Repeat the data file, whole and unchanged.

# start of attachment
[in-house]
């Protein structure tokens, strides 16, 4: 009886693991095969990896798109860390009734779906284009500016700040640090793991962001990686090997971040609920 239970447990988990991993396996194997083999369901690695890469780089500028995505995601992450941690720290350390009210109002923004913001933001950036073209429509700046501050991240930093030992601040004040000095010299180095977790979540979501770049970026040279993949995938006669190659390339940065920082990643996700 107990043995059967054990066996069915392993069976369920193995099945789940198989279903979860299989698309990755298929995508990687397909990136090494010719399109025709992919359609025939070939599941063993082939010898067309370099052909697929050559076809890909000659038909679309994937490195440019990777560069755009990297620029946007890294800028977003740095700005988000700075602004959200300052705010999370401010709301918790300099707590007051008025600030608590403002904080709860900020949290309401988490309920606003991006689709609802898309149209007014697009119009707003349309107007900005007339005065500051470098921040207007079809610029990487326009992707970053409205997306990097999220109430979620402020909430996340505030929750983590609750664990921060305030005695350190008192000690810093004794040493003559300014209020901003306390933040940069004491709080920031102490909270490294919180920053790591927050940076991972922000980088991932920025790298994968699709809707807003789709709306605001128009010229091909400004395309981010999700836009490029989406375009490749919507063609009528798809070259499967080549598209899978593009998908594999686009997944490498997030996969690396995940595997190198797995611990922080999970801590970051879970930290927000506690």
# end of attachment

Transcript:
[in-house]
């Protein structure tokens, strides 16, 4: 009886693991095969990896798109860390009734779906284009500016700040640090793991962001990686090997971040609920 239970447990988990991993396996194997083999369901690695890469780089500028995505995601992450941690720290350390009210109002923004913001933001950036073209429509700046501050991240930093030992601040004040000095010299180095977790979540979501770049970026040279993949995938006669190659390339940065920082990643996700 107990043995059967054990066996069915392993069976369920193995099945789940198989279903979860299989698309990755298929995508990687397909990136090494010719399109025709992919359609025939070939599941063993082939010898067309370099052909697929050559076809890909000659038909679309994937490195440019990777560069755009990297620029946007890294800028977003740095700005988000700075602004959200300052705010999370401010709301918790300099707590007051008025600030608590403002904080709860900020949290309401988490309920606003991006689709609802898309149209007014697009119009707003349309107007900005007339005065500051470098921040207007079809610029990487326009992707970053409205997306990097999220109430979620402020909430996340505030929750983590609750664990921060305030005695350190008192000690810093004794040493003559300014209020901003306390933040940069004491709080920031102490909270490294919180920053790591927050940076991972922000980088991932920025790298994968699709809707807003789709709306605001128009010229091909400004395309981010999700836009490029989406375009490749919507063609009528798809070259499967080549598209899978593009998908594999686009997944490498997030996969690396995940595997190198797995611990922080999970801590970051879970930290927000506690």